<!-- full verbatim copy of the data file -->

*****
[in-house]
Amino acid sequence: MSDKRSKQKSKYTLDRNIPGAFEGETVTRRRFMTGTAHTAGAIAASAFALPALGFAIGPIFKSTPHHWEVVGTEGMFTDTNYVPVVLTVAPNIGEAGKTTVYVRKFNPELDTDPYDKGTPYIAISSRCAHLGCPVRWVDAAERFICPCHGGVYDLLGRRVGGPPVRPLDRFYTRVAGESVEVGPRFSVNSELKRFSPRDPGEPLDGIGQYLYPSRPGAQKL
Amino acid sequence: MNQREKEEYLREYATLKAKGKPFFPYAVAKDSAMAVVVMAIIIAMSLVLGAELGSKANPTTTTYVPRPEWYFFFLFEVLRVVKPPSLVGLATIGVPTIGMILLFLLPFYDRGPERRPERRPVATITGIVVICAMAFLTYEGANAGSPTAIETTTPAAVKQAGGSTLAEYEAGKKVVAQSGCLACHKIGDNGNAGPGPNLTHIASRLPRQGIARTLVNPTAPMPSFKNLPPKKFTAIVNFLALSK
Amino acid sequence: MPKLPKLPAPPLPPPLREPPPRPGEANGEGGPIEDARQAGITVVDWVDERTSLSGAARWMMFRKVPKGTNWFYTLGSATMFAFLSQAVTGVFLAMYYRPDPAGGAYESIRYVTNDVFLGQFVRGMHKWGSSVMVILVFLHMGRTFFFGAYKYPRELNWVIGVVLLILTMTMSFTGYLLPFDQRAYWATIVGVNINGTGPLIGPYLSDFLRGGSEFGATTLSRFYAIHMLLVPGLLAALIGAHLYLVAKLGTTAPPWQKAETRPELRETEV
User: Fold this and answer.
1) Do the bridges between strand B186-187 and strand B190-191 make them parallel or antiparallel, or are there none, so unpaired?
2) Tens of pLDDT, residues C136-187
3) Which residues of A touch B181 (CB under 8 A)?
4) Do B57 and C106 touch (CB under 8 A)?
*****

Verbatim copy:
[in-house]
Amino acid sequence: MSDKRSKQKSKYTLDRNIPGAFEGETVTRRRFMTGTAHTAGAIAASAFALPALGFAIGPIFKSTPHHWEVVGTEGMFTDTNYVPVVLTVAPNIGEAGKTTVYVRKFNPELDTDPYDKGTPYIAISSRCAHLGCPVRWVDAAERFICPCHGGVYDLLGRRVGGPPVRPLDRFYTRVAGESVEVGPRFSVNSELKRFSPRDPGEPLDGIGQYLYPSRPGAQKL
Amino acid sequence: MNQREKEEYLREYATLKAKGKPFFPYAVAKDSAMAVVVMAIIIAMSLVLGAELGSKANPTTTTYVPRPEWYFFFLFEVLRVVKPPSLVGLATIGVPTIGMILLFLLPFYDRGPERRPERRPVATITGIVVICAMAFLTYEGANAGSPTAIETTTPAAVKQAGGSTLAEYEAGKKVVAQSGCLACHKIGDNGNAGPGPNLTHIASRLPRQGIARTLVNPTAPMPSFKNLPPKKFTAIVNFLALSK
Amino acid sequence: MPKLPKLPAPPLPPPLREPPPRPGEANGEGGPIEDARQAGITVVDWVDERTSLSGAARWMMFRKVPKGTNWFYTLGSATMFAFLSQAVTGVFLAMYYRPDPAGGAYESIRYVTNDVFLGQFVRGMHKWGSSVMVILVFLHMGRTFFFGAYKYPRELNWVIGVVLLILTMTMSFTGYLLPFDQRAYWATIVGVNINGTGPLIGPYLSDFLRGGSEFGATTLSRFYAIHMLLVPGLLAALIGAHLYLVAKLGTTAPPWQKAETRPELRETEV
User: Fold this and answer.
1) Do the bridges between strand B186-187 and strand B190-191 make them parallel or antiparallel, or are there none, so unpaired?
2) Tens of pLDDT, residues C136-187
3) Which residues of A touch B181 (CB under 8 A)?
4) Do B57 and C106 touch (CB under 8 A)?